Engineering Alumnus Coordinating with Speed School for Mass Production of Face Shields

April 8, 2020

Alums John & Christy Riley (center) hosted UofL President Neeli Bendapudi and Josh Hawkins, UofL Asst. Vice President

Alums John & Christy Riley (center) welcomed UofL President Neeli Bendapudi and Josh Hawkins, UofL Asst. Vice President, at Maker13 in September 2018.

John Riley is such a true-red Cardinal fan that he and his wife, Christy, whom he met at UofL, were married in Cardinal Stadium with the reception held on the field. The alumnus graduated from Speed School in 2006 with a master’s degree in mechanical engineering, and his enthusiasm for University of Louisville has not waned. Today, Riley and his wife, who graduated from UofL Business School, are leading an effort to help take the production of face shields for healthcare workers to scale.

As Director of Maker13, a community nonprofit makerspace, as well as a research and development engineer at Samtec, Riley had seen many calls to action from the online maker community to quickly ramp up prototypes of protective personal equipment (PPE). He played with designs on the Open Source websites and eventually coordinated with UofL’s Additive Manufacturing Institute of Science and Technology (AMIST) and GE FirstBuild.

“We were already shut down to the public so we had idle equipment. We learned one 3-D printer could take one to three hours to print a face shield, so we knew that was the bottleneck,” said Riley.

What the engineer was able to do was modify prototypes and work with other local manufacturers such as Jones Plastics and Owens Patterns to customize the protective equipment to be mass produced by supply chain manufacturers. Riley was able to get a three to five hour cycle time for a headband and turn it into a 20 to 30 second cycle time. Likewise, face shield production was reduced from 45 seconds or so to a roll dye that stamps them out every 10 to 20 seconds continuously.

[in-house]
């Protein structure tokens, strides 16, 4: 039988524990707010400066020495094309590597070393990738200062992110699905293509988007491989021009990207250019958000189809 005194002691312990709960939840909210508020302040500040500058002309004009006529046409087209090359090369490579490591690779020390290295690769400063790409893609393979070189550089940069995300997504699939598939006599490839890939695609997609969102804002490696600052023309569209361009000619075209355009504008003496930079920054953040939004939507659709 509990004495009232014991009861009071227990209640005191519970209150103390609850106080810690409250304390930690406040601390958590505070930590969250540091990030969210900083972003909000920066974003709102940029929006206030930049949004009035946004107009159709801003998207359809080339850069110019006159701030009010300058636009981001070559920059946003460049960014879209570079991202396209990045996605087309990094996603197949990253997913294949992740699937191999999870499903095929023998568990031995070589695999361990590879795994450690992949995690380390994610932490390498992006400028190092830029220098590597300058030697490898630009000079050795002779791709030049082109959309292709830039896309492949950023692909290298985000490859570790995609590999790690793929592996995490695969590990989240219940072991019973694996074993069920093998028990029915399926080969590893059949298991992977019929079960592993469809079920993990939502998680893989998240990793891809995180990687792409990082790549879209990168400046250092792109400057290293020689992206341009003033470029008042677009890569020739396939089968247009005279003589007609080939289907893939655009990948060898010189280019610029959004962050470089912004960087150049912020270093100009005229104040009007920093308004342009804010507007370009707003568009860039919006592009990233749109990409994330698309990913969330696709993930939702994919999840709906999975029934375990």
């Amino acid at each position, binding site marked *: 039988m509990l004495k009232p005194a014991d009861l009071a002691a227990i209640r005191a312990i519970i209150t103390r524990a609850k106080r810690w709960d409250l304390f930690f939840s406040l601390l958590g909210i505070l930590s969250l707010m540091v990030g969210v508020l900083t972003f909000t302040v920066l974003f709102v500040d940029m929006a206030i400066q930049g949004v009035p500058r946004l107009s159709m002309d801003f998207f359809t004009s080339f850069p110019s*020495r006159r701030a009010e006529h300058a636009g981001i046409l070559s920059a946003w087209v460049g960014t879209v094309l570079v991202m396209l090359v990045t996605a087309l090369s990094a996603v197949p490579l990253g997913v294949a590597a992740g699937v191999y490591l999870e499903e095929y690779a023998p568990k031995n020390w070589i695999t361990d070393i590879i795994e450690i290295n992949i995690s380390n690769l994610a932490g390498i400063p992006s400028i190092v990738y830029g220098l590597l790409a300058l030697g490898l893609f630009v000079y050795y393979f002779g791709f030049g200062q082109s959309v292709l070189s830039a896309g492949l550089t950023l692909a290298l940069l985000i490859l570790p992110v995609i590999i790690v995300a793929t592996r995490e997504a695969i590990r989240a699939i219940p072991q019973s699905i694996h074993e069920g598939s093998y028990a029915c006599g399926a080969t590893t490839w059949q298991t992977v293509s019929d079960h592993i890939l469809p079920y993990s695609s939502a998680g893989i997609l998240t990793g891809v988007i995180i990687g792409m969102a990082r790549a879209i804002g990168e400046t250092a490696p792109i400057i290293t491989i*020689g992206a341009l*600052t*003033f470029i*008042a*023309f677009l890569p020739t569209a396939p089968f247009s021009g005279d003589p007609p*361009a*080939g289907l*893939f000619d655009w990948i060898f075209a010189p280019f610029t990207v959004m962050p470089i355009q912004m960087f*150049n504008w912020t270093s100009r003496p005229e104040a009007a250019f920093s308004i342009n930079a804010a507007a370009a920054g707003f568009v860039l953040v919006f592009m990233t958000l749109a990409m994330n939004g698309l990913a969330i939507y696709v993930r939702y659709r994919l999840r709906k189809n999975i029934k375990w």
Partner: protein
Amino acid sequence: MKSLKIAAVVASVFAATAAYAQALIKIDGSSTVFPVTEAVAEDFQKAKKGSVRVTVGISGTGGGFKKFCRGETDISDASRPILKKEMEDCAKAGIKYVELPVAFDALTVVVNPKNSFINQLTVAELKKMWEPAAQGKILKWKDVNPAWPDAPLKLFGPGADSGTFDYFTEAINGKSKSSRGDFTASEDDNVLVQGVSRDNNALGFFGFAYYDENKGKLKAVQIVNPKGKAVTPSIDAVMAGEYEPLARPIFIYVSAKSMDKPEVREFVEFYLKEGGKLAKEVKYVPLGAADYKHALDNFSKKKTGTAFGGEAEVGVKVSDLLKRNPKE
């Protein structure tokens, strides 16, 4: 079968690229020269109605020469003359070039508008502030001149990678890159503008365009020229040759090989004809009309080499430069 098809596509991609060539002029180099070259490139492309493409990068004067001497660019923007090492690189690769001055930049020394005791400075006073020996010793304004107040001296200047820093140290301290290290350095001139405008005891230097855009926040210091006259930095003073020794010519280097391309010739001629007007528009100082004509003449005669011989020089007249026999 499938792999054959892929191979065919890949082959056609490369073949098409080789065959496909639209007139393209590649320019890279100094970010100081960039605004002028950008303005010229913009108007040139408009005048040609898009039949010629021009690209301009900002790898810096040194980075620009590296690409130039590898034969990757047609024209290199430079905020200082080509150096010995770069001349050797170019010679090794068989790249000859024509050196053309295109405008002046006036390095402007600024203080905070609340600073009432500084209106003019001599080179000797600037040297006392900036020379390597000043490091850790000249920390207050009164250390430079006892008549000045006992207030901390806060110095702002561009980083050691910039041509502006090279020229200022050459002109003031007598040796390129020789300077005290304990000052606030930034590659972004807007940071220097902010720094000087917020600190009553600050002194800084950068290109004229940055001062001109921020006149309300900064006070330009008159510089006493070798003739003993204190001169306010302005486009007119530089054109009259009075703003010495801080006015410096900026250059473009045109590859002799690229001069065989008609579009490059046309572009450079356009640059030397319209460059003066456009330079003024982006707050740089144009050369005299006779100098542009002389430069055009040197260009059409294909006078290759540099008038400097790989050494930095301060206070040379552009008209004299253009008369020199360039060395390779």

“That’s where we are always the bridge between the maker community and advanced manufacturing – that bridge is probably closer and quicker than people might imagine,” said Riley.

At Samtec, Riley’s current daily production capacity for the headbands and face shields is between 2,000 and 3,000 units. The engineer has also shared his mold design with GE who is now contributing to the pipeline as well as two other mold companies to help supply the needs for the rest of Kentucky and Southern Indiana.

Through Maker13, Riley is fulfilling small orders for non-network hospitals, small physicians, pediatricians, dentists, and for emergency surgeries. “There are tons of small pockets of people way down the food chain that are driving almost an hour just for seven or eight shields. That’s all they need, but they can’t get them for anybody. It’s humbling to see the healthcare workers come in and they’re so grateful.”

Riley said he can fill small orders through Maker13 (website) and anyone else is downloaded to the UofL master list of distribution coordinated through AMIST. He expects to produce 50 to 60 thousand shields in the next couple weeks. The Samtec Cares Foundation put $50,000 to cover the material costs for 28,000 to 30,000 shields, and another foundation recently stepped up to match that.

“As long as material costs can be covered, everything we make is free,” said Riley. Riley’s wife Christy is managing logistics and working with the foundations to ensure the money is spent efficiently.

For a couple who started their marriage on a Cardinal sports field, Riley said he and Christy are still committed alumni who want to do their part to contribute to the community – and the university. “We are UofL through and through.”